He knew the jokes involving golf and the pearly gates, but he preferred the ones that captured the earthly game. He liked this old chestnut: A foursome of regulars is on the 18th green, hard by a road. A funeral procession goes by, and one of the golfers, Herb, doffs his cap and lowers his chin.
"Herbie, gee, when'd you get so ceremonial?" one of the golfers asks.
Responded Herb: "She gave me the best 60 years of her life."
Tom and Helen Hearn were married in 1950. Mrs. Hearn never played the game, and if she ever sees another twice-baked potato the standard starch of the country club dinner it will be too soon. Yet golf widow was never a meaningful term to her. She made great friends through her husband's golf, and she has pictures showing a foursome of Hearns (there are five Hearn children) standing on various 1st tees. That still left three at home.
During the Depression years Tommy Hearn was a middle-class kid who went to a public high school on Long Island. On weekends he caddied at a club for business titans called the Links. He had a dream about going to Yale pictures of Yale football players captured his boyhood notions of manliness. The man he often caddied for, Cornelius Bliss, wrote a letter for him to the dean of admissions at Yale, and Tom Hearn remained grateful to old Mr. Bliss for the rest of his life.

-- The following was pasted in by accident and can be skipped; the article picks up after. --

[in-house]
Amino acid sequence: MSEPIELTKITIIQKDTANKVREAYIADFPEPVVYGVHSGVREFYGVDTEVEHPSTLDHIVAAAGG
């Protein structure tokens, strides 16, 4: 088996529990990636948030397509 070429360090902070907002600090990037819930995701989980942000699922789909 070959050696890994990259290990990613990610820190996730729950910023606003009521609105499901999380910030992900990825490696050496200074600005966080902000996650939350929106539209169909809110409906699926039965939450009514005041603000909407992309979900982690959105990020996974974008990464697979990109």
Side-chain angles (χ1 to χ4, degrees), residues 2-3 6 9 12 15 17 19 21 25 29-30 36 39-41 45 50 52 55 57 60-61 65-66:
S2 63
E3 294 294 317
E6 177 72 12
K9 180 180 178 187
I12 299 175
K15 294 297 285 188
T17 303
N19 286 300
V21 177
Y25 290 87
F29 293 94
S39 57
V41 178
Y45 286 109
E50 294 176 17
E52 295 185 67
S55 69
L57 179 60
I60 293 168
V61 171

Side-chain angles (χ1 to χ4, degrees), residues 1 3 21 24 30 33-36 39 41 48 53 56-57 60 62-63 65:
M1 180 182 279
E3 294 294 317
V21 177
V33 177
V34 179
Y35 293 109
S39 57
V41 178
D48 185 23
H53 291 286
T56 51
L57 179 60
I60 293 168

Mr. Hearn went to Yale for a year, played the Yale course when he should have been in the library, then left the university for 40 months to serve in the Navy on a destroyer in the Pacific. There was no golf for him in those years, save for a brief moment, the snapshot of which he filed in his head: September 1945 on the island of Luzon, in the Philippines, watching golfers putt on greens made of sand, smoothing their footprints with long bamboo sticks. On the Long Island courses and at Yale, there were no sand greens. He finally graduated from Yale in 1948, with another fast duffer, the first George Bush.
Mr. Hearn faced his final days with courage and regrets. For years he drank too much, and then one day he stopped. Smoking, the same. There were relationships in his life that needed more attention. But he had no regrets about the hundreds of times he rose in the predawn darkness to play Bethpage Black, or the money he spent to join clubs when he was beyond midlife: Piping Rock, on Long Island; Mid Ocean, in Bermuda; the Golf House Club at Elie, on the east coast of Scotland; and Jupiter Island. For 20 years Greg Norman was his neighbor in the Sunshine State. Mr. Hearn would often see Norman's helicopter, but the Shark himself only once.